Categories for permanent residence include:
Work – applicants must first hold a temporary work permit for five years, unless applying for a critical skills work permit.
Retired – applications can be made for permanent residence on a stand-alone basis.
Business – applicants will need to be in possession of a business visa first.
Relatives – applications can be made for permanent residence providing the applicant is next of kin, married or in a life partner relationship with the original applicant for a provable five year period.
Though some permanent residence applications can be made on a stand-alone basis in theory, most immigrants get a temporary residence visa first. This is often because permanent residence applications can take anywhere up to 36 months.
Benefits of permanent residency in South Africa
One of the most obvious benefits of a permanent residence permit is the fact that it is valid for life. The holder merely has to abide by the conditions set by their permit and must enter and stay in South Africa once every three years to maintain it. All other permits require renewal or re-application after a limited amount of time. Permanent residents can also access privileges such as local banking, obtaining a local driver’s licence and sponsoring qualifying relatives.
Permanent residence applications
Permanent residence applications can be made both in South Africa and in the applicant’s home country; however, advice should be sought as the duration of the permit process may cause applicants in South Africa to overstay the validity period of their current visa.
Family visas for South Africa
Expats wanting to move to South Africa with their families are also affected. Life partners need to be able to prove a relationship of more than two years, although spouses are exempt from this rule.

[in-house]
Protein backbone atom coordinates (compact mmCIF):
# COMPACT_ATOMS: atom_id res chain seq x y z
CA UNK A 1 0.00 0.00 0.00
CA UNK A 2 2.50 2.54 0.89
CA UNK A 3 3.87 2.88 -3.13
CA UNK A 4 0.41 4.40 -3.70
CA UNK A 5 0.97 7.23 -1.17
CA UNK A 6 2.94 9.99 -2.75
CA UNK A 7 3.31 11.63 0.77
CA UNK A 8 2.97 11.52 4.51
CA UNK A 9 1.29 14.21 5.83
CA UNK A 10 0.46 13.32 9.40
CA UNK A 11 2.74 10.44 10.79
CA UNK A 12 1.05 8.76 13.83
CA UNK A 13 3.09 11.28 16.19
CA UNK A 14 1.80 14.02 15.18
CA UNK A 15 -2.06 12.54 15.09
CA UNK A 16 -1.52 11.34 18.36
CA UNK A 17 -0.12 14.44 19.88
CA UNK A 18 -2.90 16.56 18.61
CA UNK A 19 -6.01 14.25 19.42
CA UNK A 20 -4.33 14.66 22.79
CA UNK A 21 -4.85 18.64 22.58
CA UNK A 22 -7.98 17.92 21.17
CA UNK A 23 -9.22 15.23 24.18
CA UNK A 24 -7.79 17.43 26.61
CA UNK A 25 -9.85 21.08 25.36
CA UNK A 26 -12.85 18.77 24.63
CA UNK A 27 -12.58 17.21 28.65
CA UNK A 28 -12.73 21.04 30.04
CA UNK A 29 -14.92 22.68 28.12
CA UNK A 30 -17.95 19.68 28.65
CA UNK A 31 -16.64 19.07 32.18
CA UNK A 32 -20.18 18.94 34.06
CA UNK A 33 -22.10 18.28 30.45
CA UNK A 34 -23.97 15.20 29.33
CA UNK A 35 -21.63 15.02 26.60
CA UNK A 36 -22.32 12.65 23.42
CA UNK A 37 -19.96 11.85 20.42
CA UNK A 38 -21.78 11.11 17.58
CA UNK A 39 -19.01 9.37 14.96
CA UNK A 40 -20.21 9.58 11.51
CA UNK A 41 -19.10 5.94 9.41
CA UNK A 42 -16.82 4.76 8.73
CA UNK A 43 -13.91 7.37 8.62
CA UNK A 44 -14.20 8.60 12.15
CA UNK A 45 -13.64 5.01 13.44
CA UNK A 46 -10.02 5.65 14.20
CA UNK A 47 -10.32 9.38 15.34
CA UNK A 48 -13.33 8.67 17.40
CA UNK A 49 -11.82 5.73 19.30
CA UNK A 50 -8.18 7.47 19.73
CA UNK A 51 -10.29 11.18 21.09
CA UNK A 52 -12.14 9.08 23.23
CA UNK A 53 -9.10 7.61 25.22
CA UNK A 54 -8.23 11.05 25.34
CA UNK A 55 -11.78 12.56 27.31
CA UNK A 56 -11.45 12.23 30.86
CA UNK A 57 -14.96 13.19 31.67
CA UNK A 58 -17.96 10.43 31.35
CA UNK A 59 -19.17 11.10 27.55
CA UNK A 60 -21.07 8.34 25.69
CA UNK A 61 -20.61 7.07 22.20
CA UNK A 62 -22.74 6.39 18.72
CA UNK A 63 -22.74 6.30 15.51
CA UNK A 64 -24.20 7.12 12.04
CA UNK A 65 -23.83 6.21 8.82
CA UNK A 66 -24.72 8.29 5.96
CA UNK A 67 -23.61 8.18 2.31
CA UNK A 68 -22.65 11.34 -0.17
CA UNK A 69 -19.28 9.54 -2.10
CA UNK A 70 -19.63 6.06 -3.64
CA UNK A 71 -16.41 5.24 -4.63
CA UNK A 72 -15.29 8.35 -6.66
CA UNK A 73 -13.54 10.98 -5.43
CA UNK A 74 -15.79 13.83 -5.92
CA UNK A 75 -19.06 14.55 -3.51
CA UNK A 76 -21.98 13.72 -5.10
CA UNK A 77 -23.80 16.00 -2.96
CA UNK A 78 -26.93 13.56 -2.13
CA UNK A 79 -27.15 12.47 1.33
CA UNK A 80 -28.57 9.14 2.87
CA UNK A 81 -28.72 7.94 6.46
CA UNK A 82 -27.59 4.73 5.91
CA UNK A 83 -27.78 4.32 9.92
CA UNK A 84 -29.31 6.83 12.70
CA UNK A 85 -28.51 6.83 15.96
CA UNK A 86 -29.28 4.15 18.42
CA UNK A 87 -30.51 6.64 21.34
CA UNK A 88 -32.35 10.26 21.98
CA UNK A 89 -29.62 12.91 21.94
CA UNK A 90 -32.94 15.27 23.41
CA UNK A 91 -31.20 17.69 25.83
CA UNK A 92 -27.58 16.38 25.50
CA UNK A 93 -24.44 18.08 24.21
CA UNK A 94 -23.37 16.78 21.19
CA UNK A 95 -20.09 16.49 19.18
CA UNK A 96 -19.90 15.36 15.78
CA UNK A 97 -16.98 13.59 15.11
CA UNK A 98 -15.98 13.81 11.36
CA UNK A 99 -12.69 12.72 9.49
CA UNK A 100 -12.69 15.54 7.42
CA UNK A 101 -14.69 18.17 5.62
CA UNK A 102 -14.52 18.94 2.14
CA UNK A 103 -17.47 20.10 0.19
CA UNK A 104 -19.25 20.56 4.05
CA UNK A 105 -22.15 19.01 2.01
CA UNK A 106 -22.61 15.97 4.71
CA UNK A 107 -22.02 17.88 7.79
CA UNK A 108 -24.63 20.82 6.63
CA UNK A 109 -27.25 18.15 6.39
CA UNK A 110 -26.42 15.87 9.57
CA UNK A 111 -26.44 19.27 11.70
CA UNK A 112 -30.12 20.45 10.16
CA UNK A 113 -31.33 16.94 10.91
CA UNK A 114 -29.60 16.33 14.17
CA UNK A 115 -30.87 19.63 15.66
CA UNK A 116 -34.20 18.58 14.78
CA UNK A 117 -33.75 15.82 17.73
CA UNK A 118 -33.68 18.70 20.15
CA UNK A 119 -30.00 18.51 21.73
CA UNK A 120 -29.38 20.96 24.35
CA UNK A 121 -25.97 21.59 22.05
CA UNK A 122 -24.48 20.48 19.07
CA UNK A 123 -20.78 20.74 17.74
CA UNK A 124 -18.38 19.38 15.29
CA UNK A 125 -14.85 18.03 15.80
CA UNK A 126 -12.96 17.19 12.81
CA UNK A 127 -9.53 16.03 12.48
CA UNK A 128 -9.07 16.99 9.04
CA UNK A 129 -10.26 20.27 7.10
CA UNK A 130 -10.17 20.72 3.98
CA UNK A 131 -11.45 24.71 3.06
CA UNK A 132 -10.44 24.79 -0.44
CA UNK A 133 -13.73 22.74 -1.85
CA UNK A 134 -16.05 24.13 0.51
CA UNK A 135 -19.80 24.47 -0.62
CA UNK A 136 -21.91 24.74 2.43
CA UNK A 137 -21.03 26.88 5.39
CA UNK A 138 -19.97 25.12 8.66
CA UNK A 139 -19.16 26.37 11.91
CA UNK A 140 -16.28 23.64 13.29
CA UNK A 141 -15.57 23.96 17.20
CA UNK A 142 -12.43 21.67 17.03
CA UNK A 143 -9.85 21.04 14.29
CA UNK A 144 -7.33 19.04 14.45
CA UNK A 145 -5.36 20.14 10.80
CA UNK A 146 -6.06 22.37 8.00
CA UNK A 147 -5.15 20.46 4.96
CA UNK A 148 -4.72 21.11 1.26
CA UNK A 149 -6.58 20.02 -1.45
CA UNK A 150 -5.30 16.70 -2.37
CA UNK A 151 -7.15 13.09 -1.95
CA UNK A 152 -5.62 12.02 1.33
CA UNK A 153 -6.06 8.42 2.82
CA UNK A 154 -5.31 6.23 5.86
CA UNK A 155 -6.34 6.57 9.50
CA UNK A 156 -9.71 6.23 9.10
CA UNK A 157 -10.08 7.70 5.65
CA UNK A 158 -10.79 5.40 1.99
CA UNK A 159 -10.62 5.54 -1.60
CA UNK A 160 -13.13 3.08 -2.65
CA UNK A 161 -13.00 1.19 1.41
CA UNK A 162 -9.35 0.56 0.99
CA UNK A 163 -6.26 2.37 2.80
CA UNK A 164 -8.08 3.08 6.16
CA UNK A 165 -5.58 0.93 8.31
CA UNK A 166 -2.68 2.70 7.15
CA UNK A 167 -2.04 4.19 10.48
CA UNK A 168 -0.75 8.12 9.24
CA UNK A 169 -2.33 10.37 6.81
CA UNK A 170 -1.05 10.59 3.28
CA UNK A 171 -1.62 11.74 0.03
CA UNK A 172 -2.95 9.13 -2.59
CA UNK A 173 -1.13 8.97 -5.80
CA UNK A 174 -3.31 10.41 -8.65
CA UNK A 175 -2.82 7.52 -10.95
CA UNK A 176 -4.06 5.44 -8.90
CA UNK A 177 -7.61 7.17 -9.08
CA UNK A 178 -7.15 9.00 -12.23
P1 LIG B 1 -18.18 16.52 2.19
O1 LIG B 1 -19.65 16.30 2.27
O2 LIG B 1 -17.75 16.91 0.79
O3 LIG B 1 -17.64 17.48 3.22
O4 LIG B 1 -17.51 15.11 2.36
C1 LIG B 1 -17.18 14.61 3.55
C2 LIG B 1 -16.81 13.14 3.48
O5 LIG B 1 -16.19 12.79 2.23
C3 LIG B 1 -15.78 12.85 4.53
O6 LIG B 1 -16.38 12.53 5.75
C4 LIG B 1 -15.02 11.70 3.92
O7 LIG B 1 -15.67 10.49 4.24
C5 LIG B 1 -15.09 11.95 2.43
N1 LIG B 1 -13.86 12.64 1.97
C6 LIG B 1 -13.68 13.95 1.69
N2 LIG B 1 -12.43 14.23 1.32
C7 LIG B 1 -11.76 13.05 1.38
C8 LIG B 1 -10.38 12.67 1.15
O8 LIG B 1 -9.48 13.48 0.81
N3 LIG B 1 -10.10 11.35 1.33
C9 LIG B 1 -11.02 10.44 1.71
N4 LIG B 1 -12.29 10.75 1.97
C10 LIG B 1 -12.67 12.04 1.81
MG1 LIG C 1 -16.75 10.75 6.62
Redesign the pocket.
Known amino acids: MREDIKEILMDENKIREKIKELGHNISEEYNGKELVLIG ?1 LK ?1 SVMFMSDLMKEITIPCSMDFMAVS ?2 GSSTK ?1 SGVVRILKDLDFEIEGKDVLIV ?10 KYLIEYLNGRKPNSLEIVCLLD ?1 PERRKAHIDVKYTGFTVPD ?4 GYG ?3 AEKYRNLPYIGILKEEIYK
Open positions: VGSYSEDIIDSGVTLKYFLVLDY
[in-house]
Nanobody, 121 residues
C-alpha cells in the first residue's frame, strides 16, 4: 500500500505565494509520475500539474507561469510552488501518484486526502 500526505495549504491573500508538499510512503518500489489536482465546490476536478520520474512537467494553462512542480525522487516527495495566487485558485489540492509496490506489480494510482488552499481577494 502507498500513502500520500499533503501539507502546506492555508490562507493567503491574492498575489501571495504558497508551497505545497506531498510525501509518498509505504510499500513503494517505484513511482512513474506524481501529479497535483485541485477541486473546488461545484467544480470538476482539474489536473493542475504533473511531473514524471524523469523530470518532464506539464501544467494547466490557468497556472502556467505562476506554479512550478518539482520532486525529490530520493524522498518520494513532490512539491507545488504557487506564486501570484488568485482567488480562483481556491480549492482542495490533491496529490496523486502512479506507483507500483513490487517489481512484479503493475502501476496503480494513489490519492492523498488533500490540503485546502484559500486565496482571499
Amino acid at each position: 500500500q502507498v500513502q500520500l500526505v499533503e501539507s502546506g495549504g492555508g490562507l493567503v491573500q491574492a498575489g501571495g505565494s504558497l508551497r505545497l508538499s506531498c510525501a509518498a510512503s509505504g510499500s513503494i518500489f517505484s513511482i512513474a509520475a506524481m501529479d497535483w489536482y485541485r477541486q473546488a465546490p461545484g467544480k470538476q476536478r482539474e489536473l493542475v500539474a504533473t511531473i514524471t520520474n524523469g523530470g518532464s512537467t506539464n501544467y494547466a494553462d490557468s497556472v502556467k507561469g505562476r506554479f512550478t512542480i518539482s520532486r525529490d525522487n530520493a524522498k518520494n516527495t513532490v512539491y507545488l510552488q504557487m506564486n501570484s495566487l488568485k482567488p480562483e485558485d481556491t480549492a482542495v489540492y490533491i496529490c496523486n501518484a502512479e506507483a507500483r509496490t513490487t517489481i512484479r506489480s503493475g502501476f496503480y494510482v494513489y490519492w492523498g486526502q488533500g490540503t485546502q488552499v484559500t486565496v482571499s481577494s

Children are required to have their own passports and their parents are also required to present unabridged birth certificates when travelling. Expat parents may also need to provide proof of guardianship or custody of their children.
Overstaying a visa in South Africa
Under the old legislation, foreigners with an expired permit only had to provide a receipt proving that they had reapplied for a permit with the Department of Home Affairs.
This is unfortunately not possible under the new regulations. Expats who overstay their visit in South Africa can be declared an “undesirable person” for up to five years. There have been several notable cases of expats living with their families in South Africa, who find themselves unable to return to the country even though they are waiting for a renewal to be processed.
For this reason, where possible, expats are advised to stay in the country until their existing visa has been extended or renewed.
Using a registered immigration practitioner
Applicants can apply directly to a South Africa mission or through a South Africa visa application centre. Expats may, however, find that certain offices are not easily accessible and obtaining advice is difficult. The process is often confusing, time consuming and frustrating – South African Home Affairs is notorious for poor service, disorganisation and shifting standards.
Applications are not points-based, but assessed on a case-by-case basis. This policy creates a large grey area that is often best navigated with the experience and knowledge that an immigration practitioner provides, when it comes to correctly preparing an application and monitoring its process.
*Visa regulations are subject to change at short notice and expats should contact their respective embassy or consulate for the latest details.